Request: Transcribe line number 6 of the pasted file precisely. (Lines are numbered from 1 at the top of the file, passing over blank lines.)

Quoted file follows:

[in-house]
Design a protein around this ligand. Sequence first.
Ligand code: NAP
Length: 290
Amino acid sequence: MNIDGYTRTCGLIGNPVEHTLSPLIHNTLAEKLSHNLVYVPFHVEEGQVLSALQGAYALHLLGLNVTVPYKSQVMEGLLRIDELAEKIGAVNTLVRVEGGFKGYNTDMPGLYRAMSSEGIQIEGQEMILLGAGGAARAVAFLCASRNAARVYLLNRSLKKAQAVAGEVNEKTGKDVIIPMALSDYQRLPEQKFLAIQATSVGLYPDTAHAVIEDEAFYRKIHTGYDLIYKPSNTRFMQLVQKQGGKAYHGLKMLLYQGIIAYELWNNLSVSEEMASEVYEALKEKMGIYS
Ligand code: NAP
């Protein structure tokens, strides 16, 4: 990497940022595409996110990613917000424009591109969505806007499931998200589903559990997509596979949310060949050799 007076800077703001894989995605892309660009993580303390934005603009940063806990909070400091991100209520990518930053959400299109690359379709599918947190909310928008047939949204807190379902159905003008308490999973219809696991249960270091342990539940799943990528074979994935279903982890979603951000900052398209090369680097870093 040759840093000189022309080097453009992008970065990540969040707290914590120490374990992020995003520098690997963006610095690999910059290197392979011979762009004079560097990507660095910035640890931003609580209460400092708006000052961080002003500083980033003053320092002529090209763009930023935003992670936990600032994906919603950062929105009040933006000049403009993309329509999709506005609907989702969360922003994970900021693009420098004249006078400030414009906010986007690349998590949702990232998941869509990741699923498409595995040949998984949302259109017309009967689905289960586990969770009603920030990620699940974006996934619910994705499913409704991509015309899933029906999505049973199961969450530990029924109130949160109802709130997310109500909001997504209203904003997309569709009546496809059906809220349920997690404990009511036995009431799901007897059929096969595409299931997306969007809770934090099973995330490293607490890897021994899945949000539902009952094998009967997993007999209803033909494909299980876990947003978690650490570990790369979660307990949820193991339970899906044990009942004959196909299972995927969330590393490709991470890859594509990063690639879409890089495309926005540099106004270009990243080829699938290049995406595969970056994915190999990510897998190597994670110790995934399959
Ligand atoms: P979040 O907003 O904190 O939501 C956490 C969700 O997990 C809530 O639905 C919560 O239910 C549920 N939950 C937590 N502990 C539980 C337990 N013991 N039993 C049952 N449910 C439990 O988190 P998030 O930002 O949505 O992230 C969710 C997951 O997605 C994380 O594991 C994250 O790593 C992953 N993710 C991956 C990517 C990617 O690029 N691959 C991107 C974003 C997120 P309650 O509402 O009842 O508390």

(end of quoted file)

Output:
Ligand code: NAP